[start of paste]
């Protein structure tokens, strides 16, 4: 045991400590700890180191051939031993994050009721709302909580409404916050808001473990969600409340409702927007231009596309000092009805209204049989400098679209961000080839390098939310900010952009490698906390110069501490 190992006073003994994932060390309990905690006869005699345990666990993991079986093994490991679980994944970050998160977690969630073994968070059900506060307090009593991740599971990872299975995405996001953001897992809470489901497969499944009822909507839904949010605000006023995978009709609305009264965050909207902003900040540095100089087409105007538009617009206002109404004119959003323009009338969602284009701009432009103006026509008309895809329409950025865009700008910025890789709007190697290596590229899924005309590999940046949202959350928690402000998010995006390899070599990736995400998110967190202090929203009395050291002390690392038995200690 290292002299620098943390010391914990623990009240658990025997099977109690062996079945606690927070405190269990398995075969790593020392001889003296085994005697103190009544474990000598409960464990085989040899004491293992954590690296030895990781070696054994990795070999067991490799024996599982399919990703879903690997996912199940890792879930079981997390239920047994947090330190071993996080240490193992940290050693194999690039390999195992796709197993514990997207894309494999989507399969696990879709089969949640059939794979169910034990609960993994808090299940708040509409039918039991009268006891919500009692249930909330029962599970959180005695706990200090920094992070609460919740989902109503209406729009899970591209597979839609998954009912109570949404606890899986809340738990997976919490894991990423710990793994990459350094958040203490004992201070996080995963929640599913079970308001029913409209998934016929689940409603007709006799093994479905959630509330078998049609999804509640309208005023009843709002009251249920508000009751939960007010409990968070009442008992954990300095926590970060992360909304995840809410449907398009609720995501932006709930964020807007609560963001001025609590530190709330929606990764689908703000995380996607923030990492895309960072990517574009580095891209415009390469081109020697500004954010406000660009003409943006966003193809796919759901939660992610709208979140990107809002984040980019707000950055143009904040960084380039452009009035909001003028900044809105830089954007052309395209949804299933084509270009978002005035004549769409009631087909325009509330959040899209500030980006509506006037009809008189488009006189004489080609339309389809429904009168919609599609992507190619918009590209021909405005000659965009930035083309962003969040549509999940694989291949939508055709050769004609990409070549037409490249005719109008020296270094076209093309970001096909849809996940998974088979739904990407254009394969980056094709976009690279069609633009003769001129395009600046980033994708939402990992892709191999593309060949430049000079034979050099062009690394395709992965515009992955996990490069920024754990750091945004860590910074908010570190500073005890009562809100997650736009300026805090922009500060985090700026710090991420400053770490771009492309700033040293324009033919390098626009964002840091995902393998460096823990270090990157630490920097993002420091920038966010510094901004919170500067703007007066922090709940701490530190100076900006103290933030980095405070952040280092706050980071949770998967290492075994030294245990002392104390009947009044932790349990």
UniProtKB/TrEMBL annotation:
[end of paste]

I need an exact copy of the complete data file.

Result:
């Protein structure tokens, strides 16, 4: 045991400590700890180191051939031993994050009721709302909580409404916050808001473990969600409340409702927007231009596309000092009805209204049989400098679209961000080839390098939310900010952009490698906390110069501490 190992006073003994994932060390309990905690006869005699345990666990993991079986093994490991679980994944970050998160977690969630073994968070059900506060307090009593991740599971990872299975995405996001953001897992809470489901497969499944009822909507839904949010605000006023995978009709609305009264965050909207902003900040540095100089087409105007538009617009206002109404004119959003323009009338969602284009701009432009103006026509008309895809329409950025865009700008910025890789709007190697290596590229899924005309590999940046949202959350928690402000998010995006390899070599990736995400998110967190202090929203009395050291002390690392038995200690 290292002299620098943390010391914990623990009240658990025997099977109690062996079945606690927070405190269990398995075969790593020392001889003296085994005697103190009544474990000598409960464990085989040899004491293992954590690296030895990781070696054994990795070999067991490799024996599982399919990703879903690997996912199940890792879930079981997390239920047994947090330190071993996080240490193992940290050693194999690039390999195992796709197993514990997207894309494999989507399969696990879709089969949640059939794979169910034990609960993994808090299940708040509409039918039991009268006891919500009692249930909330029962599970959180005695706990200090920094992070609460919740989902109503209406729009899970591209597979839609998954009912109570949404606890899986809340738990997976919490894991990423710990793994990459350094958040203490004992201070996080995963929640599913079970308001029913409209998934016929689940409603007709006799093994479905959630509330078998049609999804509640309208005023009843709002009251249920508000009751939960007010409990968070009442008992954990300095926590970060992360909304995840809410449907398009609720995501932006709930964020807007609560963001001025609590530190709330929606990764689908703000995380996607923030990492895309960072990517574009580095891209415009390469081109020697500004954010406000660009003409943006966003193809796919759901939660992610709208979140990107809002984040980019707000950055143009904040960084380039452009009035909001003028900044809105830089954007052309395209949804299933084509270009978002005035004549769409009631087909325009509330959040899209500030980006509506006037009809008189488009006189004489080609339309389809429904009168919609599609992507190619918009590209021909405005000659965009930035083309962003969040549509999940694989291949939508055709050769004609990409070549037409490249005719109008020296270094076209093309970001096909849809996940998974088979739904990407254009394969980056094709976009690279069609633009003769001129395009600046980033994708939402990992892709191999593309060949430049000079034979050099062009690394395709992965515009992955996990490069920024754990750091945004860590910074908010570190500073005890009562809100997650736009300026805090922009500060985090700026710090991420400053770490771009492309700033040293324009033919390098626009964002840091995902393998460096823990270090990157630490920097993002420091920038966010510094901004919170500067703007007066922090709940701490530190100076900006103290933030980095405070952040280092706050980071949770998967290492075994030294245990002392104390009947009044932790349990």
UniProtKB/TrEMBL annotation: